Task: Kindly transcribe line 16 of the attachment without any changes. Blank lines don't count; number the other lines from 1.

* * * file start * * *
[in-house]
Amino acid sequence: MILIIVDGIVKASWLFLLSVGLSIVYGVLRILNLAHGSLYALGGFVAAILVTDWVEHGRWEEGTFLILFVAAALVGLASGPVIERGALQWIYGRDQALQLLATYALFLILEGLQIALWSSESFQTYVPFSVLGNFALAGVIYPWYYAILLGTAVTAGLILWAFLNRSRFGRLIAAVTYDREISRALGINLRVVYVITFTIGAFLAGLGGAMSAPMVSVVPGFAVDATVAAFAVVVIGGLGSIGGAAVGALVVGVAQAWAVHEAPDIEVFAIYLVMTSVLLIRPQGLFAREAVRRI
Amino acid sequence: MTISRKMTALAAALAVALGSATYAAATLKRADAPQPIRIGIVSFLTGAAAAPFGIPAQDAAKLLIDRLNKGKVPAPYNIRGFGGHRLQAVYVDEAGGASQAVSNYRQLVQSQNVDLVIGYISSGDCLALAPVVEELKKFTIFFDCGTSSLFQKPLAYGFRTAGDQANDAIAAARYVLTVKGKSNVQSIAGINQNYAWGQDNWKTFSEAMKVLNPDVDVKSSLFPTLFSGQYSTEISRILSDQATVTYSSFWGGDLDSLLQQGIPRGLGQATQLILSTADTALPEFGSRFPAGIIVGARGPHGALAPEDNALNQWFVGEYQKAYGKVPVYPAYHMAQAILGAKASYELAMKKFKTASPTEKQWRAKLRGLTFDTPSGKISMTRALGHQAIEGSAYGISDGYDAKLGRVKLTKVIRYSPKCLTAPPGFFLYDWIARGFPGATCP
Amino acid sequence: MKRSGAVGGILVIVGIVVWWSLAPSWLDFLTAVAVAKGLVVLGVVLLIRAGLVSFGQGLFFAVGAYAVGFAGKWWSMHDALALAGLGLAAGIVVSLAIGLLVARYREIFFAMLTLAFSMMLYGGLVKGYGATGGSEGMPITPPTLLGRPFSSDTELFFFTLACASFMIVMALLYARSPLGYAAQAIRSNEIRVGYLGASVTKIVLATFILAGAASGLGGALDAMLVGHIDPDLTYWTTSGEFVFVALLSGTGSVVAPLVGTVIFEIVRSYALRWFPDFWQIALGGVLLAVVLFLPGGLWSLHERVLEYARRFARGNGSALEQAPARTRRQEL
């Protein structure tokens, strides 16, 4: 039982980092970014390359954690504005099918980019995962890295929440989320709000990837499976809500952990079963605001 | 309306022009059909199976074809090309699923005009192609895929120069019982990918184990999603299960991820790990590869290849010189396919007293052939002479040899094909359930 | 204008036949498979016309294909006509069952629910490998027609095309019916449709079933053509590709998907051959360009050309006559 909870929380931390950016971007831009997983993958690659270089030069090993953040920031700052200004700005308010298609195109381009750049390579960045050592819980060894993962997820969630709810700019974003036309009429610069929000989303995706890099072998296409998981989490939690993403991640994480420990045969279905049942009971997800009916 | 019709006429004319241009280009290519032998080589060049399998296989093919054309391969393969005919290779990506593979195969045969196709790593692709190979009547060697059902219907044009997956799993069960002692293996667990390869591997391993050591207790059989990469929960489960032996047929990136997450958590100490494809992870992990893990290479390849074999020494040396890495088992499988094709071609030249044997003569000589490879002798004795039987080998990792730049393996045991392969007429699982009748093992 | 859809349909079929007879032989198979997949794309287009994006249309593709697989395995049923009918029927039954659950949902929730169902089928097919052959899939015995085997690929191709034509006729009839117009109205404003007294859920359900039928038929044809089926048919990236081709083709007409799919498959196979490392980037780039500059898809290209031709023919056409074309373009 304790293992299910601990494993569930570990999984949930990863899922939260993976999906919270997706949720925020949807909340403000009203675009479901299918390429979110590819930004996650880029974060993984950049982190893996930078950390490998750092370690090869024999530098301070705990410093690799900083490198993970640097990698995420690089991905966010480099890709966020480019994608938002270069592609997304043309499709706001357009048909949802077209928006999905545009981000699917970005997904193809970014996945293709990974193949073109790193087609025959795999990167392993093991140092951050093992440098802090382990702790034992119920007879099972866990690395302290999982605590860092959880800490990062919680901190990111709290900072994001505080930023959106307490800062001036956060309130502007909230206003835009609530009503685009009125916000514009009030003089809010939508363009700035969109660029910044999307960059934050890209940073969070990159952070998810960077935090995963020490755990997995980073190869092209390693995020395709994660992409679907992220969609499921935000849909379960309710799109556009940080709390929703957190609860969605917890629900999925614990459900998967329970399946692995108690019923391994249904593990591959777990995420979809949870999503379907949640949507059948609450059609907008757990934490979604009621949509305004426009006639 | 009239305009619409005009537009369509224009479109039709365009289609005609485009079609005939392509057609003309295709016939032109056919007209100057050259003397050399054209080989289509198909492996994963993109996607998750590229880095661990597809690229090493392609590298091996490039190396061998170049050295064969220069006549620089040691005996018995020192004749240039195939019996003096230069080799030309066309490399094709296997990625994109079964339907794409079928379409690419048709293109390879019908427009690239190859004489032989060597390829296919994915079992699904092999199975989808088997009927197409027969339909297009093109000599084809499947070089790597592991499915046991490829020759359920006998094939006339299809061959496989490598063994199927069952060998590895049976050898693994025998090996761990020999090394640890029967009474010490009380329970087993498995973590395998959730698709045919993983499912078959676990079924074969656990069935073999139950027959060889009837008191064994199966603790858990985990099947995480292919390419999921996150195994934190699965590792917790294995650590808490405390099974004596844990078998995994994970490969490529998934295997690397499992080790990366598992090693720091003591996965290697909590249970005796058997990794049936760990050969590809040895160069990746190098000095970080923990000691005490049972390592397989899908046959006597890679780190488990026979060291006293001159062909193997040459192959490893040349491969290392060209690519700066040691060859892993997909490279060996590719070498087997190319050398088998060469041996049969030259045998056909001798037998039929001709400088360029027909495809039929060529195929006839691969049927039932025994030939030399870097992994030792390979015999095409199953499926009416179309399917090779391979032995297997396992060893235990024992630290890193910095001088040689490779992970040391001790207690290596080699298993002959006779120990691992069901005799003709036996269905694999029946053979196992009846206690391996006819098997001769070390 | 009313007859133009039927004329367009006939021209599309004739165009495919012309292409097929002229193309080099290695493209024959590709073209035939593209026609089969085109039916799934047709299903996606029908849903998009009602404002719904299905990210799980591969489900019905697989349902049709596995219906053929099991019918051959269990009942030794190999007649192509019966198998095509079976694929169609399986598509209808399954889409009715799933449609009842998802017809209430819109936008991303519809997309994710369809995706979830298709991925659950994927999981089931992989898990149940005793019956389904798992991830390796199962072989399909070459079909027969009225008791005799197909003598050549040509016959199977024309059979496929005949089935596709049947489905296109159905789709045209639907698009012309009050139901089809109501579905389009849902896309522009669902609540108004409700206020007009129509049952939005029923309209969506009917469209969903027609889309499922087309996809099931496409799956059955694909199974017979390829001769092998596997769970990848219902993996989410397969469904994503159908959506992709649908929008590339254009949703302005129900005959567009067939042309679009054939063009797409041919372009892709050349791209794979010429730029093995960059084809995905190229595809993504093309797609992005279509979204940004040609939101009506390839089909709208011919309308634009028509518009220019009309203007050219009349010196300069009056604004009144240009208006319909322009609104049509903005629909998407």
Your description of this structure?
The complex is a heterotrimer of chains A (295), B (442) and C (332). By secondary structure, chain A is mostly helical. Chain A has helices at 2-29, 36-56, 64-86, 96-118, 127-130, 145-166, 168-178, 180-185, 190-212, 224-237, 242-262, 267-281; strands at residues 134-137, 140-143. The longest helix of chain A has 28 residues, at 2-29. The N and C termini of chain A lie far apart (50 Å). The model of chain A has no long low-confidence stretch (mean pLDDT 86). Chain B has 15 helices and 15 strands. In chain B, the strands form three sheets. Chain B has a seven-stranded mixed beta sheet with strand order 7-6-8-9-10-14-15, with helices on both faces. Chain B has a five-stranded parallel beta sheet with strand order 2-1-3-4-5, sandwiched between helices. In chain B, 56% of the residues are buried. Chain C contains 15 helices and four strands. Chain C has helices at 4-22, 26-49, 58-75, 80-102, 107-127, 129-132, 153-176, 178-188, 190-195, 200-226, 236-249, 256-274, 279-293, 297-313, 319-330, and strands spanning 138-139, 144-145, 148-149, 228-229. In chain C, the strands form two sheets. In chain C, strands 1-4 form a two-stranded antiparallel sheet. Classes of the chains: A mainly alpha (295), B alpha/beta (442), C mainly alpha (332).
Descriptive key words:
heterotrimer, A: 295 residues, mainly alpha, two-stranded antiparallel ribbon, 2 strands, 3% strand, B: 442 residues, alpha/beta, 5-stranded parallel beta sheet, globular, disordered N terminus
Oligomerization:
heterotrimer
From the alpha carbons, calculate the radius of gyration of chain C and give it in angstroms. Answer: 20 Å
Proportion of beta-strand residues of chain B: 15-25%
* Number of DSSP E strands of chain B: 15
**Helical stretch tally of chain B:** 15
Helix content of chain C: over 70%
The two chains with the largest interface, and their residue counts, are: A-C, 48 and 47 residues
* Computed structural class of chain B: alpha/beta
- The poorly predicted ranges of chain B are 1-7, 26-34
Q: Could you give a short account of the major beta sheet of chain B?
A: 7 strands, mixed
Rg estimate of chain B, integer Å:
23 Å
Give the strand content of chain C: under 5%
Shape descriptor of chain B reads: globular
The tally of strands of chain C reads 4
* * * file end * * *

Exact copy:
Helix content of chain C: over 70%